We are all here connected through the heart of humanity. One of the few truths of existence is that all things are always breaking up, coming together and transforming. Embrace suffering as an opportunity for transformation and alchemical personal awakening. Our tears are shed to honor the love in our hearts. These human bodies that house our souls will only exist for a finite amount of time on this earth so how do you wish to live? Now is the time to create a life you truly desire. So inward, onward, and outward we go into the experiences that can only be traveled by this body, this heart, this mind. Commit to the courage to turn inward, to journey inward is our highest calling.

In the words of Vietnamese Buddhist monk Thich Nhat Hanh, “The most precious gift we can offer others is our presence. When mindfulness embraces those we love, they will bloom like flowers.”

The Thrive Global Community welcomes voices from many spheres. We publish pieces written by outside contributors with a wide range of opinions, which don’t necessarily reflect our own. Learn more or join us as a community member!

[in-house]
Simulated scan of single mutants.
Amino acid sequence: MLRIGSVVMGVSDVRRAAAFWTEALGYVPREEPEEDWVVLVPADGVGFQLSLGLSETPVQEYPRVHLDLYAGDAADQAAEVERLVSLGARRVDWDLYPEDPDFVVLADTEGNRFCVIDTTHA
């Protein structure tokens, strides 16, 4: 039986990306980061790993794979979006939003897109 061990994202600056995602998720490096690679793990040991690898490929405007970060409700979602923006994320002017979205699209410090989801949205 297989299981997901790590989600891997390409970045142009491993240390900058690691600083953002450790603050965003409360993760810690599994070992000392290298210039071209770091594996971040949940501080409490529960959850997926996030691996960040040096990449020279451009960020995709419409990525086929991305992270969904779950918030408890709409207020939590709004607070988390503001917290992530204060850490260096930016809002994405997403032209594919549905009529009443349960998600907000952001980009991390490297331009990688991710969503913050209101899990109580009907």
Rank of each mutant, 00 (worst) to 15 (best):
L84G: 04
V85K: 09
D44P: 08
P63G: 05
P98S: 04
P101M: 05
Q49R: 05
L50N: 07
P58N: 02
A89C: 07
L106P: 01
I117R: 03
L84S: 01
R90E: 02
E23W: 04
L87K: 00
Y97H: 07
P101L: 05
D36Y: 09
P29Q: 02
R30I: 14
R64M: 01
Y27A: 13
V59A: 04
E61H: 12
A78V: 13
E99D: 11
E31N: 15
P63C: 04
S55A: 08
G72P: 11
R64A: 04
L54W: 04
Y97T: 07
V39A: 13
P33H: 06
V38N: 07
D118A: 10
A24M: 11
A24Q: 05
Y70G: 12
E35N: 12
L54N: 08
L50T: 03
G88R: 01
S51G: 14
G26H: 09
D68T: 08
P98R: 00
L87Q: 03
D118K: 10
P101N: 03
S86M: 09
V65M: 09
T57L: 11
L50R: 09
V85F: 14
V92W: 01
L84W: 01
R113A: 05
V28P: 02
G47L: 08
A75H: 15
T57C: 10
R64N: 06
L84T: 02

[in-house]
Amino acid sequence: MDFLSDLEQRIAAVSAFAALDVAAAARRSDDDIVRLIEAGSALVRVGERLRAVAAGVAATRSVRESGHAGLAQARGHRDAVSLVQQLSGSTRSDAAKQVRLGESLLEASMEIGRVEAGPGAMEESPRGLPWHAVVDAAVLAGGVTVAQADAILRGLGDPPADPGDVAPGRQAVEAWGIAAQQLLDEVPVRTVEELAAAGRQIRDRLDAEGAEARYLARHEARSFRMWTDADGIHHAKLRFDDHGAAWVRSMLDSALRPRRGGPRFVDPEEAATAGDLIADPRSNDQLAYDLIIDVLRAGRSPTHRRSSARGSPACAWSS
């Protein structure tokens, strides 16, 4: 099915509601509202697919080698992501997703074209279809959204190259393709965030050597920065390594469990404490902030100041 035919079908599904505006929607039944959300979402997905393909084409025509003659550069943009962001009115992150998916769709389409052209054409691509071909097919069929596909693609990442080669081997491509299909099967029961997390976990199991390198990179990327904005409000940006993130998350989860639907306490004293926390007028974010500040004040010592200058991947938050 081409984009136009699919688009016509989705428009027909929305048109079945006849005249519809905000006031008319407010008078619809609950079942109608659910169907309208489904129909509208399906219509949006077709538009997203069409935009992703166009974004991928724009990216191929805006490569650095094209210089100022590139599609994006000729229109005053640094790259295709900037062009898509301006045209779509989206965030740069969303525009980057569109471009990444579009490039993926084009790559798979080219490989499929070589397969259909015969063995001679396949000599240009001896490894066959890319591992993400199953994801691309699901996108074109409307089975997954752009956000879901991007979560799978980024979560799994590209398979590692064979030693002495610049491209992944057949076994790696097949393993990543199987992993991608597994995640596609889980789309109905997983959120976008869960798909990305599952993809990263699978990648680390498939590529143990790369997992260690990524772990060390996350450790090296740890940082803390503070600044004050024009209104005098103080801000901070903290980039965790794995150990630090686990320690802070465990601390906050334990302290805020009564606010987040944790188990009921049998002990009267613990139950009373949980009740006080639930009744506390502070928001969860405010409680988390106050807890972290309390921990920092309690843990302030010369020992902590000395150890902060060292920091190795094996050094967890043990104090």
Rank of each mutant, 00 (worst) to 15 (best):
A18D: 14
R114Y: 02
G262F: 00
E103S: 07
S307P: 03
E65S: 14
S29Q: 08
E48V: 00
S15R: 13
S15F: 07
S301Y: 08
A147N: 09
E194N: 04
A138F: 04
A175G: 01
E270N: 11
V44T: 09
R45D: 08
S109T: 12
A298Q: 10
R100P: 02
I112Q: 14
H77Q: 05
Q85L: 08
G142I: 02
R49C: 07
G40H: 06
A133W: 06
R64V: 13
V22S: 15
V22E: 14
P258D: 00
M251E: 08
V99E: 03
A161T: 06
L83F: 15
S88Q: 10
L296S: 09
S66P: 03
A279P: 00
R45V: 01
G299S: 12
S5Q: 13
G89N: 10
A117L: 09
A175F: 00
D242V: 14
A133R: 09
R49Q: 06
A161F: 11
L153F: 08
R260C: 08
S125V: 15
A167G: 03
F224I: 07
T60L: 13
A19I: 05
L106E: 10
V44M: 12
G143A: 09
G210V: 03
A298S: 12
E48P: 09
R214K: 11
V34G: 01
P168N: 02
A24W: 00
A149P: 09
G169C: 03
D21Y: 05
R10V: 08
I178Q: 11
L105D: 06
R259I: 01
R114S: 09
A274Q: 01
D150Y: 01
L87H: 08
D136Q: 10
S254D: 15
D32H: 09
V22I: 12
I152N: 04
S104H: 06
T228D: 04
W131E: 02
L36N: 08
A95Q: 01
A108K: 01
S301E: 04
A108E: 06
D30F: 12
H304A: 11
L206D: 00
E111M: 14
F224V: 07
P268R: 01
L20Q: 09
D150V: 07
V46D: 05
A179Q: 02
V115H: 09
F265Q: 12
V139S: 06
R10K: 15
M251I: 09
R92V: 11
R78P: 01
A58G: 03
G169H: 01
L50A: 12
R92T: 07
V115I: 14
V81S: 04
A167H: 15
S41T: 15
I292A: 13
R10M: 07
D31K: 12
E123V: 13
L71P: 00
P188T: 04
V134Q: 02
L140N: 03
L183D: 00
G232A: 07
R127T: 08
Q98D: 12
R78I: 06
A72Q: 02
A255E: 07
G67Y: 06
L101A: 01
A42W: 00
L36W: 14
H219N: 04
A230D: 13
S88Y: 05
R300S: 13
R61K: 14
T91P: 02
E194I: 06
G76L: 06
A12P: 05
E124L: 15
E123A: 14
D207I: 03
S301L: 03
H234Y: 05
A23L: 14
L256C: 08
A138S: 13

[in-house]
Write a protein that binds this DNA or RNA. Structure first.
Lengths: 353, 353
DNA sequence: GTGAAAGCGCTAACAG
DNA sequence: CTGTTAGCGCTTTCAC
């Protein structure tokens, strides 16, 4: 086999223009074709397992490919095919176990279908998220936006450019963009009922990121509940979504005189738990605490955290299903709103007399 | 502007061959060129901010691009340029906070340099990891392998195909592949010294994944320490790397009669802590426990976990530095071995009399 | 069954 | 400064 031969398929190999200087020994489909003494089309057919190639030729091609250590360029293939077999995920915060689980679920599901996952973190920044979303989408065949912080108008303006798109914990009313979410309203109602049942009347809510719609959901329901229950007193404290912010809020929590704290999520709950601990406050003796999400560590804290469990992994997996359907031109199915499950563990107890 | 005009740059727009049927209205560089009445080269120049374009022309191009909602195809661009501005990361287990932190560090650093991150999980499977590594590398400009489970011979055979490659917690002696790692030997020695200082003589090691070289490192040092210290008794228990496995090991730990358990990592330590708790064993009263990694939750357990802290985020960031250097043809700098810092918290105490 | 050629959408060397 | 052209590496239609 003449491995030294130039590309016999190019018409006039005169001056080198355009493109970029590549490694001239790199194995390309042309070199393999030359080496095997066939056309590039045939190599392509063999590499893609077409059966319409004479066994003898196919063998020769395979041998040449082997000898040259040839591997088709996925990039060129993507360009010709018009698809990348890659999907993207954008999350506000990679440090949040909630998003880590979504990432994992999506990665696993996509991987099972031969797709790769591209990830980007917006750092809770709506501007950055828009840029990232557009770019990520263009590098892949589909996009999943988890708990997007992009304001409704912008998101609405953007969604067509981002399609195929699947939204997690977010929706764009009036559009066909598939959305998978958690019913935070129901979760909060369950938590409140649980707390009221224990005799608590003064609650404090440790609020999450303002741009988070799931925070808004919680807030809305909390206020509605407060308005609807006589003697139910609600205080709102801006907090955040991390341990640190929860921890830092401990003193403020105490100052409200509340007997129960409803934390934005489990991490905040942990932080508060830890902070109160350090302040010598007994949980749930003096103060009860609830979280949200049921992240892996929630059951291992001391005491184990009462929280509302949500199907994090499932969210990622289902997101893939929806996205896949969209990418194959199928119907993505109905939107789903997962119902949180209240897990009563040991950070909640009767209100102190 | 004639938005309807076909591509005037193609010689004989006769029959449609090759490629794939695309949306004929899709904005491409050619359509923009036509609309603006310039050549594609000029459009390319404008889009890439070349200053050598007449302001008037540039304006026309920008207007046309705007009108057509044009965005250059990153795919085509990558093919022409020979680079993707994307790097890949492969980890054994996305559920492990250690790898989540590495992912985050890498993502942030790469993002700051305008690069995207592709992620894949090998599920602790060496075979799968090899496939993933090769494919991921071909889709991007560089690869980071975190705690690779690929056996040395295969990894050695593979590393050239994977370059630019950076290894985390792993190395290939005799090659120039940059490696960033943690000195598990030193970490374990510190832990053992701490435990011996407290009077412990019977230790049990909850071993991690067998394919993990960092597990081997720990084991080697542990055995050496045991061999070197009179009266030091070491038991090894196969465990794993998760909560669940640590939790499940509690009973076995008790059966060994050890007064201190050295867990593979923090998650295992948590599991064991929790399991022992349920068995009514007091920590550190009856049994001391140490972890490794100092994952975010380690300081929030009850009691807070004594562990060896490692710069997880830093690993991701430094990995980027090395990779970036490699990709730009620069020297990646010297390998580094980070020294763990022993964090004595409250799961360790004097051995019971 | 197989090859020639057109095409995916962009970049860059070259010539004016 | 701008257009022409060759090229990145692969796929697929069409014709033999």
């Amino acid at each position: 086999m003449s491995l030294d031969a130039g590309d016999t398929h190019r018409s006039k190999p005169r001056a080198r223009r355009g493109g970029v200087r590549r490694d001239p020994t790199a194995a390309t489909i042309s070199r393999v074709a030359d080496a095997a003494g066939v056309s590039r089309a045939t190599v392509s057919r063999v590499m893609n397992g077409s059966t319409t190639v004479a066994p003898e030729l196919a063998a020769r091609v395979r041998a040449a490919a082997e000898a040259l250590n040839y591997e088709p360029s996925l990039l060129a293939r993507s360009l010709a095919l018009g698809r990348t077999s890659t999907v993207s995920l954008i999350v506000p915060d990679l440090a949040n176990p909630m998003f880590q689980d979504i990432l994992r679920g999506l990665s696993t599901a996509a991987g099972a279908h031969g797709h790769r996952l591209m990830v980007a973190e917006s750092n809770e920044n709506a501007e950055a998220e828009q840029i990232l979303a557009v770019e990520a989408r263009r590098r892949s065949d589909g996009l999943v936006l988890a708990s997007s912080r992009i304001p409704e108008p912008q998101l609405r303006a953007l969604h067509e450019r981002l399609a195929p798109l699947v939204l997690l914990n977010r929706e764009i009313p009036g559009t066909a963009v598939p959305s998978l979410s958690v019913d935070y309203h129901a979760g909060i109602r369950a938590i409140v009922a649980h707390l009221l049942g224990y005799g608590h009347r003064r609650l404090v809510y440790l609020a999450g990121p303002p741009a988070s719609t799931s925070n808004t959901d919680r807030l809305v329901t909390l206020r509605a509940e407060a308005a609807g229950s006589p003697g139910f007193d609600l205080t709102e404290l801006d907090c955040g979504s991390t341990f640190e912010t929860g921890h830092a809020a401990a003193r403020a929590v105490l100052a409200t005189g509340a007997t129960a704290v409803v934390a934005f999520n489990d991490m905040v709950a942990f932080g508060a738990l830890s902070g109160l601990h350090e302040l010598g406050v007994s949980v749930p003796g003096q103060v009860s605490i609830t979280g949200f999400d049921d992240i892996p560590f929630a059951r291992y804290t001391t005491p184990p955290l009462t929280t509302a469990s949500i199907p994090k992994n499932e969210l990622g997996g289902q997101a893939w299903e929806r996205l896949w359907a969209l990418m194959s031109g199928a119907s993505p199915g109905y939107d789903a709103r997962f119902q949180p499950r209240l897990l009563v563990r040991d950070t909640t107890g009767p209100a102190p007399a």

Share your comments below. Please read our commenting guidelines before posting. If you have a concern about a comment, report it here.

Sign up for the Thrive Global newsletter

Will be used in accordance with our privacy policy.

Thrive Global
People look for retreats for themselves, in the country, by the coast, or in the hills . . . There is nowhere that a person can find a more peaceful and trouble-free retreat than in his own mind. . . . So constantly give yourself this retreat, and renew yourself.

- MARCUS AURELIUS

We use cookies on our site to give you the best experience possible. By continuing to browse the site, you agree to this use. For more information on how we use cookies, see our Privacy Policy.